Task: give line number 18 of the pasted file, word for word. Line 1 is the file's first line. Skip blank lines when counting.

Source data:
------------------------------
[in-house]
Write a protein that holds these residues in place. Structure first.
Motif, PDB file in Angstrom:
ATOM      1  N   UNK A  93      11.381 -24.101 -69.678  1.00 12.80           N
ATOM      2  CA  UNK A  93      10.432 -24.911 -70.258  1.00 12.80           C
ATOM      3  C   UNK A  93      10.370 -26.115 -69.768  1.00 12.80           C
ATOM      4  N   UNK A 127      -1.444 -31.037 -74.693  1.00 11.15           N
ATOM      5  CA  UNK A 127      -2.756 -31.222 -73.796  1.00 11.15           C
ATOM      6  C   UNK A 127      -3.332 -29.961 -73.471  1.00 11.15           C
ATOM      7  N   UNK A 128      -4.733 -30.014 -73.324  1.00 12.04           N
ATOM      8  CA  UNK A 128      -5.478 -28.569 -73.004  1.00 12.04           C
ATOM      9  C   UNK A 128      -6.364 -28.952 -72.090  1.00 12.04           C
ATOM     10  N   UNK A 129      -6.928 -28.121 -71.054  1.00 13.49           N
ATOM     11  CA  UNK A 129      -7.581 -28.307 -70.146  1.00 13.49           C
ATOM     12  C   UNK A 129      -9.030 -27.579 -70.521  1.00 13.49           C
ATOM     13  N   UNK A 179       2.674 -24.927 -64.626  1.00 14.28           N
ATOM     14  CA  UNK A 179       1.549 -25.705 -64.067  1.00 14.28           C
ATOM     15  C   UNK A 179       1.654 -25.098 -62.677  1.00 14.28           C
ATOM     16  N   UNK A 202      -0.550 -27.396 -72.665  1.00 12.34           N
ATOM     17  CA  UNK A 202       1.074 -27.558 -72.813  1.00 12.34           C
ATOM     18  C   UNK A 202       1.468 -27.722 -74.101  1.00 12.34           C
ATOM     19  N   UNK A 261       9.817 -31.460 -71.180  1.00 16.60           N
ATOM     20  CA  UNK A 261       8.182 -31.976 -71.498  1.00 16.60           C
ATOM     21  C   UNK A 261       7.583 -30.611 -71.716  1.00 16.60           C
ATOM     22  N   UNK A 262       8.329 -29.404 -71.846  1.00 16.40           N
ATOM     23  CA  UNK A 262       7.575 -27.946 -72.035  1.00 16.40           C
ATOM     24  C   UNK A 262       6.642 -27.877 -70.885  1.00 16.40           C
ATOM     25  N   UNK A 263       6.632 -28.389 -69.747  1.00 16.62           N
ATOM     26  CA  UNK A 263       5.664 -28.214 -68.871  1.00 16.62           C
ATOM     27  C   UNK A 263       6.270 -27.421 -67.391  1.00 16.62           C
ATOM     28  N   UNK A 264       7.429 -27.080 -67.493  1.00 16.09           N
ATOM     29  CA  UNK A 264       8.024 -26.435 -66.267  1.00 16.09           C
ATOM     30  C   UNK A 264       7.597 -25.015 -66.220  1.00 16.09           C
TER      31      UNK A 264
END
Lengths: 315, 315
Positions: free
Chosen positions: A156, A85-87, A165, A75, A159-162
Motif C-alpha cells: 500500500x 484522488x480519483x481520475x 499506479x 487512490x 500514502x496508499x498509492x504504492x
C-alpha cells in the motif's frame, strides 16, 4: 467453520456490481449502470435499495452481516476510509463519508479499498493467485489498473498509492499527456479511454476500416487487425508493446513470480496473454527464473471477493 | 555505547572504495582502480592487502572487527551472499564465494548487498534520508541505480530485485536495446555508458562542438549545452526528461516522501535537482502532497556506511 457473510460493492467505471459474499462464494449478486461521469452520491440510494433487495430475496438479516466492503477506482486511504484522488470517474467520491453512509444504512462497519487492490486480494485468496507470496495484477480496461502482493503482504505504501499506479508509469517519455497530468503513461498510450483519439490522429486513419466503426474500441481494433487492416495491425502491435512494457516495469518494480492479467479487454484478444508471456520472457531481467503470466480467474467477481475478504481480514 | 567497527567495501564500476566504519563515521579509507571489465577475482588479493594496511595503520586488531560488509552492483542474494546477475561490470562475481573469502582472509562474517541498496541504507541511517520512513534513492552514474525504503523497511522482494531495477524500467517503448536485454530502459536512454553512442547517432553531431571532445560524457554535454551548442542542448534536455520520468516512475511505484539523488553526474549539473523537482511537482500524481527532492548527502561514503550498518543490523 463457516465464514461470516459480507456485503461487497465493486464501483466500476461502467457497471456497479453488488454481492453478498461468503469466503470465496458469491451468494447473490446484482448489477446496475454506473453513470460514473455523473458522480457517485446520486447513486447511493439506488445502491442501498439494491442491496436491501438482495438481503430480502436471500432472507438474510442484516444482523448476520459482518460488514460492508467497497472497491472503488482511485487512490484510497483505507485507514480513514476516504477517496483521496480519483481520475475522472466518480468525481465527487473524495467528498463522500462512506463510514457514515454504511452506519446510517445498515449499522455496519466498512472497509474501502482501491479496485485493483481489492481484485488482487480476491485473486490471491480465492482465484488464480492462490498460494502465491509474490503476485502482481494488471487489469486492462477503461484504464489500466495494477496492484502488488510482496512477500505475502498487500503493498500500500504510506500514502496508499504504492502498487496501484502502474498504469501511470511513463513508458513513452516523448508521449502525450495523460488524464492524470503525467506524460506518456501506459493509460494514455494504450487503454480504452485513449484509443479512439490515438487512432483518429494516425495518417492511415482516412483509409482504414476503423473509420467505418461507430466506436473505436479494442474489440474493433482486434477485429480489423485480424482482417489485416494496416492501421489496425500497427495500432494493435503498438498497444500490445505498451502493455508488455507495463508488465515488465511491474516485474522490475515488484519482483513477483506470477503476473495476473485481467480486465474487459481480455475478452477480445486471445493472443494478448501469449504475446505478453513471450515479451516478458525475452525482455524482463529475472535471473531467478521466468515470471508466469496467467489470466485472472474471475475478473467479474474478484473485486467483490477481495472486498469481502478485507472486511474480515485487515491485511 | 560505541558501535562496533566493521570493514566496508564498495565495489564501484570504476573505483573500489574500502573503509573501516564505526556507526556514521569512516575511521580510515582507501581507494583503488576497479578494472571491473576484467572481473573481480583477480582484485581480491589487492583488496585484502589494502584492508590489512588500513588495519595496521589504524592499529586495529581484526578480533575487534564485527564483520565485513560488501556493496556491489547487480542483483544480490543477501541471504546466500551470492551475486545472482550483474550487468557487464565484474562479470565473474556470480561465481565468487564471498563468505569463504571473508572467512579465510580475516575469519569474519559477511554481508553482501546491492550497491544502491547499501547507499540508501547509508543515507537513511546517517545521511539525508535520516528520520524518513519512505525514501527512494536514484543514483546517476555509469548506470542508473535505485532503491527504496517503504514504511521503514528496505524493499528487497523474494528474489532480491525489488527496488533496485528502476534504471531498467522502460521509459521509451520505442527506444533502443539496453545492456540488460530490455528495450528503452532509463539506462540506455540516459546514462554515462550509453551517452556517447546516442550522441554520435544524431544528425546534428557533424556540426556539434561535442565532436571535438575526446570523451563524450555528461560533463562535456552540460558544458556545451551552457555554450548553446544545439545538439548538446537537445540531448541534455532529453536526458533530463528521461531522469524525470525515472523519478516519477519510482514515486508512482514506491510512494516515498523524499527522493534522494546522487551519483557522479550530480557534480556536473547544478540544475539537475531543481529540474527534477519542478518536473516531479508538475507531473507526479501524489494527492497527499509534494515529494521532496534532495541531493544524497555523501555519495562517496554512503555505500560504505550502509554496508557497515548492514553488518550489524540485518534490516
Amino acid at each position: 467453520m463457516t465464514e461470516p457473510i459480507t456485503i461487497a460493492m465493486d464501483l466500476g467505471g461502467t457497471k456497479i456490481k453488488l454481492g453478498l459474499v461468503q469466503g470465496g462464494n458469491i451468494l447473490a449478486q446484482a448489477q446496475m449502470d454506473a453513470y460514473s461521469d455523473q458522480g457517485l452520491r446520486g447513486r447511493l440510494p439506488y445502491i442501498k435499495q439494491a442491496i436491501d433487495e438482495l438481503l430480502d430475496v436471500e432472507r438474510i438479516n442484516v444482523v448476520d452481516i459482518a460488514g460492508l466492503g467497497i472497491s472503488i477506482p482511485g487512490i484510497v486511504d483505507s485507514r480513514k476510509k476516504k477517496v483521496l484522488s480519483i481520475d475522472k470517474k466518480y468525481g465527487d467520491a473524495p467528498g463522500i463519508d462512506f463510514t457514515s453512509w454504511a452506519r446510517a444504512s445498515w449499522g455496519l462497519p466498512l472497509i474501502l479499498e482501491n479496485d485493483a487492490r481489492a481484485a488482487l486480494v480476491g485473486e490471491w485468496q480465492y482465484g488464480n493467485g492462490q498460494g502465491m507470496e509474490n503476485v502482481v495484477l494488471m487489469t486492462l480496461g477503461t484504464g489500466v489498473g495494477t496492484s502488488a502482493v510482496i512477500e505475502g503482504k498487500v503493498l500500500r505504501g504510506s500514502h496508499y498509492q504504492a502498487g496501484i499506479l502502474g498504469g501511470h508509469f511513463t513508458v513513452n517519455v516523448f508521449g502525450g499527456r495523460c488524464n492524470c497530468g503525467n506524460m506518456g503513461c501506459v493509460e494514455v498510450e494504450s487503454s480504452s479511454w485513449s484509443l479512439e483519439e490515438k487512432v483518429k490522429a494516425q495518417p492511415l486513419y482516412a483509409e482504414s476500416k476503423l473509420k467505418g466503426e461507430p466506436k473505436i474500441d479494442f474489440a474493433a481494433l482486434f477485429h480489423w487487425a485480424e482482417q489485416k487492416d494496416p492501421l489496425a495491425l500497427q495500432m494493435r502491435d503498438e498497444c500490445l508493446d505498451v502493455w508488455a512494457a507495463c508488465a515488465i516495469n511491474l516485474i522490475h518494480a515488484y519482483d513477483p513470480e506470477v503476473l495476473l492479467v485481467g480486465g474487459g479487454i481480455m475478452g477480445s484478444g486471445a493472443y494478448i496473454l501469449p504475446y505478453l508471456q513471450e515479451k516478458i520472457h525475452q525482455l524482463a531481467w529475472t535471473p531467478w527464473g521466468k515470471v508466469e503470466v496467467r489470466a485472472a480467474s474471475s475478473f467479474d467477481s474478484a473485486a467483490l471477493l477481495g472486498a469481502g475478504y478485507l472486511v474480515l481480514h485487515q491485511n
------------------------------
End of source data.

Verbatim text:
ATOM     15  C   UNK A 179       1.654 -25.098 -62.677  1.00 14.28           C